Saturday, July 19, 2014

Three-year anniversary at Liviano

Sorry I've been a bit scarce lately, but this is just a brief post to note that Terezia and I celebrated our three-year anniversary at Liviano (again), our favorite chi-chi special occasion place in Bratislava, where we had yet another drool-enducing meal. Not only have we been married for three years, but in just a few months from now, on October 4, we will have been living in Slovakia for three years. It's a bit surreal to think that we've already been living here that long. That means we've spent more of our relationship so far - since we first started dating in late 2009 - in Slovakia than the US.

We weren't initially certain that we'd go to Liviano again, but seeing that they had their thoroughly stunning tagliatelle with porcini dish back on the menu (which I raved about last summer) sealed the deal.

For the starters, I had what was this one big raviolo filled with quark, awesomely runny egg, and spinach with summer truffle shavings on top, which was quite tasty, and Terezia had the tempura shrimp, a pretty yummy asian-inspired dish.

The raviolo with summer truffles.
The tempura shrimp.

Of course I devoured my rich, flavor-packed plate of porcini pasta, and Terezia ordered the braised pork cheeks with pea puree, which, despite needing a bit of salt, were sublimely tender and flavorful.

The potent porcini pasta.

We had this Bulgarian cabernet that was absolutely one of the best reds I've had in this country. For dessert we split a piece of carrot cake. Since we're both huge fans of good carrot cake, we thought we'd give it a shot. It was tasty, moist, and presented a bit unconventionally, in the shape of a big flat rectangle, with a generous dollop of whipped cream-cheese frosting on top and some berries sitting in a little puddle of some kind of raspberry jam next to it on the plate.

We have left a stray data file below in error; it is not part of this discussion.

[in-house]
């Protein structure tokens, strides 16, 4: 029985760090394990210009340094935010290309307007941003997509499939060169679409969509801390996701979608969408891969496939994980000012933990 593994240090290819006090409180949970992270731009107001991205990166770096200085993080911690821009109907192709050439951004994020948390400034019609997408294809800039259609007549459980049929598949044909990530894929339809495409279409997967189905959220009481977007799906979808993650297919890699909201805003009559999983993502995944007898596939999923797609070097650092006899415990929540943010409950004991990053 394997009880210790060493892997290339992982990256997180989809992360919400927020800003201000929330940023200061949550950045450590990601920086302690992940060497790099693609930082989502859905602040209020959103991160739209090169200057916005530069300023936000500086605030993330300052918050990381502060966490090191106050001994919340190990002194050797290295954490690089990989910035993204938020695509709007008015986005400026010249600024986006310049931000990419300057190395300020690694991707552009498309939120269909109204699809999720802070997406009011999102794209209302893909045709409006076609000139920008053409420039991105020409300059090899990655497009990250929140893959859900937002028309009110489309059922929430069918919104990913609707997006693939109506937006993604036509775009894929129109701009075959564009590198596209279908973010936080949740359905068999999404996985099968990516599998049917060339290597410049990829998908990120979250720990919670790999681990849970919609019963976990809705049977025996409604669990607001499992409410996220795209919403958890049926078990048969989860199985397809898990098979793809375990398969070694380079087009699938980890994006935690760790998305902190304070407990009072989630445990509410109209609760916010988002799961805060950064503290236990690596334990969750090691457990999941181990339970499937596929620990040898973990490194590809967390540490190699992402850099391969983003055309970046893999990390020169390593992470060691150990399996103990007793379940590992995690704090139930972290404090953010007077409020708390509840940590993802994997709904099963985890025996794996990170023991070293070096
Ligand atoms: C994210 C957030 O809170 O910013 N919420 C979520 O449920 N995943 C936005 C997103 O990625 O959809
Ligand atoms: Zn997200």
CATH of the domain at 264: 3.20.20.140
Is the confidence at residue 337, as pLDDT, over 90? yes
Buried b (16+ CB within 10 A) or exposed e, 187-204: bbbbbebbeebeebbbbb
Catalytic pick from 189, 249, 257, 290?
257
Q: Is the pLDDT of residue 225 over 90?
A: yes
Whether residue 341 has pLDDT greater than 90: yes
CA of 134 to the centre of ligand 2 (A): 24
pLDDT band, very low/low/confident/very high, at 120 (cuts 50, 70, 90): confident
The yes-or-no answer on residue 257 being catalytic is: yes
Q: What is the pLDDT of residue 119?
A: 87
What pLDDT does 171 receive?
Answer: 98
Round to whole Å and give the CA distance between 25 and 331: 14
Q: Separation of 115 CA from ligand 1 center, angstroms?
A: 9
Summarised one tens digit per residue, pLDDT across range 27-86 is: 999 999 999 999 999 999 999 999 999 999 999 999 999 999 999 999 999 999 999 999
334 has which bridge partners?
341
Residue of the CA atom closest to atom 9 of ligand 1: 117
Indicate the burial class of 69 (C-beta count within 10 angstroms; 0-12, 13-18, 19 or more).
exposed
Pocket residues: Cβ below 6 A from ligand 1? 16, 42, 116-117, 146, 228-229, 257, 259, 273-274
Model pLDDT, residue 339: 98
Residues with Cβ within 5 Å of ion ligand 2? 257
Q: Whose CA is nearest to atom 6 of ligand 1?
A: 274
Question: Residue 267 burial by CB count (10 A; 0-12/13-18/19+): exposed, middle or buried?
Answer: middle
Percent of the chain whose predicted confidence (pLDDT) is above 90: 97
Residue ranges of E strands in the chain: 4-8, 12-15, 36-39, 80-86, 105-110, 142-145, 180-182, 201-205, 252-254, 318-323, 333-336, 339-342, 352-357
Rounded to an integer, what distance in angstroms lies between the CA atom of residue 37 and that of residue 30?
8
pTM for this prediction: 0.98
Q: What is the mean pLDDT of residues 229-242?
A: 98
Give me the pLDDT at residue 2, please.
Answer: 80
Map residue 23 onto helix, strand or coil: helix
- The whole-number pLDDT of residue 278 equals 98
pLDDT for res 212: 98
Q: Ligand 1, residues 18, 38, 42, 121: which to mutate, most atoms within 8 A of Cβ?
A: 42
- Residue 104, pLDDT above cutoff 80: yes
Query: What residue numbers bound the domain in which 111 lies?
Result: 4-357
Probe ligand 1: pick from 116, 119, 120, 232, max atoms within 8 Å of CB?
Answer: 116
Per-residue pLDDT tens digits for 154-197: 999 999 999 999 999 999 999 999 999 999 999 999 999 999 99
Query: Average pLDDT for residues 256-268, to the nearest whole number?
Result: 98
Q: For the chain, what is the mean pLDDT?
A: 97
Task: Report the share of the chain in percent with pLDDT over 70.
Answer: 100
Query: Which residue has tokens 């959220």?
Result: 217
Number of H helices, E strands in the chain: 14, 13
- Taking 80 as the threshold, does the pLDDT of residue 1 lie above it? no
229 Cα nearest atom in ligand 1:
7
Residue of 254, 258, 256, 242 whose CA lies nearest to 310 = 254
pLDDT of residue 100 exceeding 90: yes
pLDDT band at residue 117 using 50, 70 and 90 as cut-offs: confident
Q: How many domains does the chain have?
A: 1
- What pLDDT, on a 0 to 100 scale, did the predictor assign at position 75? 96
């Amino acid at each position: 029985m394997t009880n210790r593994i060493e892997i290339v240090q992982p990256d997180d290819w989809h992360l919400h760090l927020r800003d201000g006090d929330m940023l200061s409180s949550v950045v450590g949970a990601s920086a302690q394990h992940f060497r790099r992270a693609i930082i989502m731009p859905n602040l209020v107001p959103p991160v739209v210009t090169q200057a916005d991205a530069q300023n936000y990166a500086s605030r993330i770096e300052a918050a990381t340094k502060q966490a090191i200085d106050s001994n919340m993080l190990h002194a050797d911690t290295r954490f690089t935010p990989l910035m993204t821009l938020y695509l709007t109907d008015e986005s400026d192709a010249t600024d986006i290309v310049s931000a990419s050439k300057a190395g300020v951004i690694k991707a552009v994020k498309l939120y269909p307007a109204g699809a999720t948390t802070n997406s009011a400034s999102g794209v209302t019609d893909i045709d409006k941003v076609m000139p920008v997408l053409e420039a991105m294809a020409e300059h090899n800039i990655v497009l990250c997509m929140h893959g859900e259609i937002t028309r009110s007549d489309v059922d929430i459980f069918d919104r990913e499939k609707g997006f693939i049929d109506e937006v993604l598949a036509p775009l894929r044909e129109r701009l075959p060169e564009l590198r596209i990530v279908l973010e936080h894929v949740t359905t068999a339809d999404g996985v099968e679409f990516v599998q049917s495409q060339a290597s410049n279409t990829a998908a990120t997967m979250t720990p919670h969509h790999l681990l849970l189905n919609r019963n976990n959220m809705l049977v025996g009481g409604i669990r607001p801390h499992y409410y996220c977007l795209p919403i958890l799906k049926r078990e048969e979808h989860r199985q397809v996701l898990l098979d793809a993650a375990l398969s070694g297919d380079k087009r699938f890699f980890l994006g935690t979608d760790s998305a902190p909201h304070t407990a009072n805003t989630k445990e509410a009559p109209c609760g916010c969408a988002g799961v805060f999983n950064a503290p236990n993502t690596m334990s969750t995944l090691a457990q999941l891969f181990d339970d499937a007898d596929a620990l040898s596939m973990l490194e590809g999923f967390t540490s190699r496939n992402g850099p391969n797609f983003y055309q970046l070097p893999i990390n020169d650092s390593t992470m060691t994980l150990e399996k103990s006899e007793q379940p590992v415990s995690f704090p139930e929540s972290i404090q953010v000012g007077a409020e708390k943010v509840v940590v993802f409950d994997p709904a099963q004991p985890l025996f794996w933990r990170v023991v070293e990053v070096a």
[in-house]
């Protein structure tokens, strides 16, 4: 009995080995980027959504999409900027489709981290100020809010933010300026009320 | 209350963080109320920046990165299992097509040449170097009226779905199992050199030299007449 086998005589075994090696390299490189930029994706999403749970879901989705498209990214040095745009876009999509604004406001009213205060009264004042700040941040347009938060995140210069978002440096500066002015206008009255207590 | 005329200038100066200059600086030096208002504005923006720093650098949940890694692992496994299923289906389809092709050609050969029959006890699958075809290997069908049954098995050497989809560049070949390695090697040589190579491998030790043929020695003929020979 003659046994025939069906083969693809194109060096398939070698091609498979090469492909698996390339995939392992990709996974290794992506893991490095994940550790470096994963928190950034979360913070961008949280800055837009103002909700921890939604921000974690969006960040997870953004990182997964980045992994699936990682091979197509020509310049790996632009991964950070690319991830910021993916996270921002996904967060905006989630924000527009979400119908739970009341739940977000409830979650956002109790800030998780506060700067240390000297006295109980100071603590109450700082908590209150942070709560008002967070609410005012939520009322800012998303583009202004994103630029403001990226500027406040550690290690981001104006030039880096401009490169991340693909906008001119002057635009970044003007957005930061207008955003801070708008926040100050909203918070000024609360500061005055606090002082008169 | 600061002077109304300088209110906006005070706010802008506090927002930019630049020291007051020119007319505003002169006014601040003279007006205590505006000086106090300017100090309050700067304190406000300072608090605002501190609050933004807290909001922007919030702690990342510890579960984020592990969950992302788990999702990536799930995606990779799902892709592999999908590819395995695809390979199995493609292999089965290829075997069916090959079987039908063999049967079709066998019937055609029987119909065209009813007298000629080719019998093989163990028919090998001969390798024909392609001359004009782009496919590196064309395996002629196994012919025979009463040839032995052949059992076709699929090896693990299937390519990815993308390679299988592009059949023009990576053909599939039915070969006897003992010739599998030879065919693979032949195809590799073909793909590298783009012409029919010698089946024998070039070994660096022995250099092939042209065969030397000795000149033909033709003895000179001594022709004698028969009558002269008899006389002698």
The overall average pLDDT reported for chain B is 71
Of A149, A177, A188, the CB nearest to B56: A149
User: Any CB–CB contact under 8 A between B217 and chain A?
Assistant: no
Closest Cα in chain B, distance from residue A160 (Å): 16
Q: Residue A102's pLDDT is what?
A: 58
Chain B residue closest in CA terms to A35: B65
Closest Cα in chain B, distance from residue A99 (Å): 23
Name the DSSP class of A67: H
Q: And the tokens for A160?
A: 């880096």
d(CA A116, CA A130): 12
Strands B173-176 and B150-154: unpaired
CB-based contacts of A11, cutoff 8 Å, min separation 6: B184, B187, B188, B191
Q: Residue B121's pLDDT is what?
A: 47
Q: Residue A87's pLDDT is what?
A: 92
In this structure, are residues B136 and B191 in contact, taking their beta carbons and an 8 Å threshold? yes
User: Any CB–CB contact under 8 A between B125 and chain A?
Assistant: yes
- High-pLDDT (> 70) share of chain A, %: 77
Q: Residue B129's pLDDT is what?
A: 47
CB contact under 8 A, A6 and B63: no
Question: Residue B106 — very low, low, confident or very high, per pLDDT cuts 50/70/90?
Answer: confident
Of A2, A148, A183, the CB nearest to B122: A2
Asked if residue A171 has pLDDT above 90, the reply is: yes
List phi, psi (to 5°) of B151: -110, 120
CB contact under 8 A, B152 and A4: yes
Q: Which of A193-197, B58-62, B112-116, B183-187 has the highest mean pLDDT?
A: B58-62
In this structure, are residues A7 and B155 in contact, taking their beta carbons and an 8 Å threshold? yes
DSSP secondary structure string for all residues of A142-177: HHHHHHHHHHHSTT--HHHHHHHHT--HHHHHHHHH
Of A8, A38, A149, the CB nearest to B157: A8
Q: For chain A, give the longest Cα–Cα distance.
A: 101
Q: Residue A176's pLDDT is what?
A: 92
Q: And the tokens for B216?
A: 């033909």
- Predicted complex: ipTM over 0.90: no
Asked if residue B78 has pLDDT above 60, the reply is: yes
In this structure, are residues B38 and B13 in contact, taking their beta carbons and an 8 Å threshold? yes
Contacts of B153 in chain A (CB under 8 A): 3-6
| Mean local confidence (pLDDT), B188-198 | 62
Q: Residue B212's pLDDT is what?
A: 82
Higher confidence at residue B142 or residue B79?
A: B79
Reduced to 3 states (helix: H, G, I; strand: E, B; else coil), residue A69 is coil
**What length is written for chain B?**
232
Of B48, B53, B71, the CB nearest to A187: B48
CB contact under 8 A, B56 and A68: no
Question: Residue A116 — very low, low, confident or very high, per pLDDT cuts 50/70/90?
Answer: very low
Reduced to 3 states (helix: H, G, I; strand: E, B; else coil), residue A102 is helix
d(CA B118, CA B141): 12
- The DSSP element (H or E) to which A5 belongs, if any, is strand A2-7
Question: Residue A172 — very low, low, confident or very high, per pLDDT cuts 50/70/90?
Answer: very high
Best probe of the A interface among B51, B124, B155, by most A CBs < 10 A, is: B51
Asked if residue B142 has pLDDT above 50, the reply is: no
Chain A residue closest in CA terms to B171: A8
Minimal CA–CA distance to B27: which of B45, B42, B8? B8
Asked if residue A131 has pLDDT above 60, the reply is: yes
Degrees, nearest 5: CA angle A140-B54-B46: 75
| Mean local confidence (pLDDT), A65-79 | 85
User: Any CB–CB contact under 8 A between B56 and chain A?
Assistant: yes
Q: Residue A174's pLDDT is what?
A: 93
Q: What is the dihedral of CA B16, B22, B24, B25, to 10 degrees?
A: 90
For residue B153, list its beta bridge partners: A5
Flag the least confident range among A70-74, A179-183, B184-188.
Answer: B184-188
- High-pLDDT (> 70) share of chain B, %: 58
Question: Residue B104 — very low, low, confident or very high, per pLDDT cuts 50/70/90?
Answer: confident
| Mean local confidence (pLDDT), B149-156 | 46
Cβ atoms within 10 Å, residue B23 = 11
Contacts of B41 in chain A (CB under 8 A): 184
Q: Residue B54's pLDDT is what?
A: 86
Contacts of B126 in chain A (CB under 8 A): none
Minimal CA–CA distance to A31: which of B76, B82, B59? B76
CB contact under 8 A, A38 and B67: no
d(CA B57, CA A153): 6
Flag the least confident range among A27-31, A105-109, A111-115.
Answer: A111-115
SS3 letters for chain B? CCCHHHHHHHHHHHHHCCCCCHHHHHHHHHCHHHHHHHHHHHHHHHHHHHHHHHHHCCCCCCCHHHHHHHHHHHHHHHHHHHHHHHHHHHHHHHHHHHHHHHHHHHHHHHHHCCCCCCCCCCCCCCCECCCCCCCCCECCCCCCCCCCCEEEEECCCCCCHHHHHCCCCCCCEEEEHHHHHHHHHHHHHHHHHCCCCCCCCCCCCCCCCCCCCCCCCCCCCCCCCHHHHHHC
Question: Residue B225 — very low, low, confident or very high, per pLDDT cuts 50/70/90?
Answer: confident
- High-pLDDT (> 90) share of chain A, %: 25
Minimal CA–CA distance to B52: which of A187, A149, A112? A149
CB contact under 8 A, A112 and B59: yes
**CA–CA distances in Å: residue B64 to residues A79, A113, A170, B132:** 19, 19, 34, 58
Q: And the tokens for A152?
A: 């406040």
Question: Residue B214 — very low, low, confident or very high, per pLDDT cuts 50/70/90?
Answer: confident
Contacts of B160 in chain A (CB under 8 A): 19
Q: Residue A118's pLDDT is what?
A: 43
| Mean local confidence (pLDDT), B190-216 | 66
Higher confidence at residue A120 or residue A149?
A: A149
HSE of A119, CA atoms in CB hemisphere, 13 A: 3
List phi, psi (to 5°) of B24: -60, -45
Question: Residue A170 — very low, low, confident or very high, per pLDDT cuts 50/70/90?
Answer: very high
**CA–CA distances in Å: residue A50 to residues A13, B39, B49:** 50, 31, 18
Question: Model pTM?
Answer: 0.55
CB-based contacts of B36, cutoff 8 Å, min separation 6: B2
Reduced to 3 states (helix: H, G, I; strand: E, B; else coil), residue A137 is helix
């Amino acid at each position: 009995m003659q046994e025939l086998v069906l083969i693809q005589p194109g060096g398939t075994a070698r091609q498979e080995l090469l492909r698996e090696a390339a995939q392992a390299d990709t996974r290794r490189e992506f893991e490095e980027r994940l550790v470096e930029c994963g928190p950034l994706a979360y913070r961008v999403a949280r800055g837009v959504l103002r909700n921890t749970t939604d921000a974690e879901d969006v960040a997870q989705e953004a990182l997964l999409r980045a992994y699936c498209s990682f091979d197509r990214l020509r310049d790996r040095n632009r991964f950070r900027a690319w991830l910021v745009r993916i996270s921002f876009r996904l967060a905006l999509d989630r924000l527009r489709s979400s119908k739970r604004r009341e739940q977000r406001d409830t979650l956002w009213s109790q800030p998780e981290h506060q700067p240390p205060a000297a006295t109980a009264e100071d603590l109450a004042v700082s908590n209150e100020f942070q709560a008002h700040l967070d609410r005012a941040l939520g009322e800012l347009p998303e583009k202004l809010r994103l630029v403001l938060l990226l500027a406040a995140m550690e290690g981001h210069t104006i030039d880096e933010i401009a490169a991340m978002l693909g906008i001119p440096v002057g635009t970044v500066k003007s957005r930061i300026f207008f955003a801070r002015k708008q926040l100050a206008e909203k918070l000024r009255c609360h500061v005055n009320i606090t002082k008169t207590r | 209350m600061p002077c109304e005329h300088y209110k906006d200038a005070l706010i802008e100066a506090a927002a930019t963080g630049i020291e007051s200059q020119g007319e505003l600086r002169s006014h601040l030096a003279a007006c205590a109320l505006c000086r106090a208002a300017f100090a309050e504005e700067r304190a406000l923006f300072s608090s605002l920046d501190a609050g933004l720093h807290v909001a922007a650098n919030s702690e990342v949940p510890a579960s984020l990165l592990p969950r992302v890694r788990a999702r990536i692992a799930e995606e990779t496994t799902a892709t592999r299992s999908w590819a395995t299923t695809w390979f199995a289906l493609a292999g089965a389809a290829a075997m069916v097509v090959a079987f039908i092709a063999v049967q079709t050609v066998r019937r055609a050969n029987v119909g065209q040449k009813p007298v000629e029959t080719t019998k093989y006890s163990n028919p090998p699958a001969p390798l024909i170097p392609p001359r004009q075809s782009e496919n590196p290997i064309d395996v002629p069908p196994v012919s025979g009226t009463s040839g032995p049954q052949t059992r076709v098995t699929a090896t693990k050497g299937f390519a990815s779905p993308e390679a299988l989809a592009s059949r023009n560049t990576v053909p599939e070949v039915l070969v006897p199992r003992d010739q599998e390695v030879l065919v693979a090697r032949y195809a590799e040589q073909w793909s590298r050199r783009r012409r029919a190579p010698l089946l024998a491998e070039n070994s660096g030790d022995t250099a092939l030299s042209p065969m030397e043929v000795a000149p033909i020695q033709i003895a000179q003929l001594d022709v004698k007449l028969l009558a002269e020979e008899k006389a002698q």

I still trip out on how Liviano is uncompromisingly situated deep in the bowels of Petr┼żalka, far away from the tourist grind - or just about anything, really.

View of panelaks in Petrzalka from Liviano's window.
The lovely Technopol bus stop just outside Liviano.

Our only complaint was that it's been insanely hot and humid here this week, and they didn't seem to have the air conditioning on. We were a bit sticky when we left the place. (Slovaks have this intense and somewhat irrational fear of A/C - they are convinced that the cooler temperature will make you horribly ill, and they would rather suffer from heat stroke than cool down with A/C. For example: even though they have A/C in the office building where I work, they all complain about it being too cold and they either turn it way down or off, and some people on our floor even open the windows to let all the heat inside. Result: yours truly is an over-heated, disgusting, sweat-drenched mess at work on sweltering summer days. I've never been overly reliant on A/C myself - I rarely ever used it in my car back in California - but I definitely took for granted having it at work. There are valid environmental concerns about using A/C, and recirculated air can potentially circulate germs if the filters are not regularly maintained, but here the fear of A/C seems to be rooted more in a kind of superstition, much like the ever-prevalent and completely absurd and unfounded fear among many Europeans of cool, breezy drafts. Once when we were in an open-car train on a punishingly hot, humid summer evening, it was starting to cool off ever so slightly, so I opened the window to let the refreshing breeze into the un-air-conditioned, suffocatingly stuffy, sauna-like train. Within minutes, the conductor told me to shut the window because it was creating a draft which would apparently make the baby sitting a few seats over deathly ill. So you want us all to die of heat stroke because of your silly belief that this slightly cooler breeze is going to give the baby pneumonia? [And I fully realize that these are totally first world/white people problems, to quote both Louis C.K. and 'Weird' Al Yankovic, but they do offer an interesting sliver of insight into the culture here.])


At any rate, here's to another fun-filled year of marriage, and I'm excited to see where this year will take us.

Look at the happy couple - don't you just want to punch them in the face?

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